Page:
Limonene repels Tomato White Flies


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It has long been known that limonene is an insect and ant killer. The only thing is that to spray it on plants will burn the plant as limonene is an oil. Many people around here use diluted limonene in their homes to kill those pesky sugar ants. Limonene is sold just about everywhere under the name Orange Oil. It is also a fantastic cleaner and grease remover plus it also acts as a great air freshener. It says in the article about repelling thrips and spider mites. I wonder what would happen if I would soak cotton balls in Orange Oil and place them around tomato plants or soak some mulch and put it under the plants? I have tried using marigolds and to a degree they are effective but they also bring in other unwanted insects as well.

If you have fire ants that you want to kill mix 1/2 oz per quart of water and pour over the mound,
 

Ian

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Very interesting!

I use limonene for so many things around the home, it's especially good at removing the grease left over from sticky labels :D. I bought a couple of spray cans a couple of weeks ago, as it's great for quick degreasing in the workshop :).
 
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I would think finding out about what the vapor temps that work best would be useful. Placing the scent traps to the upside of the prevailing wind direction would also be my first effort and then surrounding the area as I could get to it.
 
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I would think finding out about what the vapor temps that work best would be useful. Placing the scent traps to the upside of the prevailing wind direction would also be my first effort and then surrounding the area as I could get to it.
I get spider mites once in awhile on my tomatoes. If I did find out about the vapor temps I couldn't do anything about it. Scent traps is a good idea for a small place but my tomato patch is usually about 5000 sq ft. I was thinking about soaking a wheelbarrow full of mulch and then putting about a shovel full under each plant. This year I will plant 128 tomato plants so thats about 10 or so wheelbarrows full.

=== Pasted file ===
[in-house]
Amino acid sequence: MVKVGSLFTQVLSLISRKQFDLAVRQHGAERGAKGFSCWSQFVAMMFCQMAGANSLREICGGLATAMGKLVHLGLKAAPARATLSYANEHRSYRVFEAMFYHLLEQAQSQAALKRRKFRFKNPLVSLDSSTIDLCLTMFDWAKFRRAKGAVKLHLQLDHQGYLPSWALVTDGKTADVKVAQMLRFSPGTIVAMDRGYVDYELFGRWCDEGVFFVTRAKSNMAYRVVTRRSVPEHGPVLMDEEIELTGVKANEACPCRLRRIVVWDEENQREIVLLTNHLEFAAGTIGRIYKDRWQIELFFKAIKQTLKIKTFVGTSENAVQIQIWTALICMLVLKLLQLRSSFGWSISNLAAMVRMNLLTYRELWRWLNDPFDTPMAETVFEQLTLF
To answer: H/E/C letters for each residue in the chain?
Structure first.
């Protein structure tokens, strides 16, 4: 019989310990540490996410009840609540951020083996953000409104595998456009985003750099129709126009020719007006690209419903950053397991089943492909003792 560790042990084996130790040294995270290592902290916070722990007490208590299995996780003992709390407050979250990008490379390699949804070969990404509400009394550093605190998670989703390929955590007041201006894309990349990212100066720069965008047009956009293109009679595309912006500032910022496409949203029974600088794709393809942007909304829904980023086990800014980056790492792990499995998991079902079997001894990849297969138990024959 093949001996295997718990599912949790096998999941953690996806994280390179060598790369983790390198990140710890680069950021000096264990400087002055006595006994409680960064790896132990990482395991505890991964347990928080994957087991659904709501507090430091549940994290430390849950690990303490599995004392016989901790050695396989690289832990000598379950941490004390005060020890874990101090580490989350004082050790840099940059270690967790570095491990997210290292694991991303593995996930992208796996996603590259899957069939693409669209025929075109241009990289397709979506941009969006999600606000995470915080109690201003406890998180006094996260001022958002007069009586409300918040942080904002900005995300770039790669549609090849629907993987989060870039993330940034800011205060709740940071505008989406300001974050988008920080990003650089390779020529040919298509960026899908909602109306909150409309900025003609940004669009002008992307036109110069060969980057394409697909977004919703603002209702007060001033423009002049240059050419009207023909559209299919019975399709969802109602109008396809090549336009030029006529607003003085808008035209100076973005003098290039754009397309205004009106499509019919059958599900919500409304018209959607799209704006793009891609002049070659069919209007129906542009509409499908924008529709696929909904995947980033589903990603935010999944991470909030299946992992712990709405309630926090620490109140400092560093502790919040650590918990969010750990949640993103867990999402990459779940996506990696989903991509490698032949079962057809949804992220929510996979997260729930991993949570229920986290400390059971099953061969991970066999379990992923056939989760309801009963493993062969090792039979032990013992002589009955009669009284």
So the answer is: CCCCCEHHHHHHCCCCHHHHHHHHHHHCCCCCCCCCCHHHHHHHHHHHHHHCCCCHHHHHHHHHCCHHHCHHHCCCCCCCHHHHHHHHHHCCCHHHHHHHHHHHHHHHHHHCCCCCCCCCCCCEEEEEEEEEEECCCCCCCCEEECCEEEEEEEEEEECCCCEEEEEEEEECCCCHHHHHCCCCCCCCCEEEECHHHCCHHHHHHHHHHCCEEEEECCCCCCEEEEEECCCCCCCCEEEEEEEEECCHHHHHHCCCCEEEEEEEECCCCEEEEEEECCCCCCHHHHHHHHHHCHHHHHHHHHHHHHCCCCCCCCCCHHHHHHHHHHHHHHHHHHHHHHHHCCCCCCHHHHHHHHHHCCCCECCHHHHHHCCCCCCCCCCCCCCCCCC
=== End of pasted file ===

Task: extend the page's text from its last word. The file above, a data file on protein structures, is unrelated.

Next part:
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I get spider mites once in awhile on my tomatoes. If I did find out about the vapor temps I couldn't do anything about it. Scent traps is a good idea for a small place but my tomato patch is usually about 5000 sq ft. I was thinking about soaking a wheelbarrow full of mulch and then putting about a shovel full under each plant. This year I will plant 128 tomato plants so thats about 10 or so wheelbarrows full.
When I use my non contact thermometer at work, I often measure the environment surround a car as well as the car itself. On a 90 degree day the grass and mulch can easily be even hotter than ambient temps. I imagine the sun heating the mulch would have the desired effect. Turning or scratching the mulch from time to time to expose unoxidized limonene might be the way to do it.
 
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When I use my non contact thermometer at work, I often measure the environment surround a car as well as the car itself. On a 90 degree day the grass and mulch can easily be even hotter than ambient temps. I imagine the sun heating the mulch would have the desired effect. Turning or scratching the mulch from time to time to expose unoxidized limonene might be the way to do it.
Yep, you are correct about the mulch and ambient temps. The mulch acts as sort of a heat sink. The soil under the mulch stays much cooler so turning or raking the mulch should give a longer effect
 
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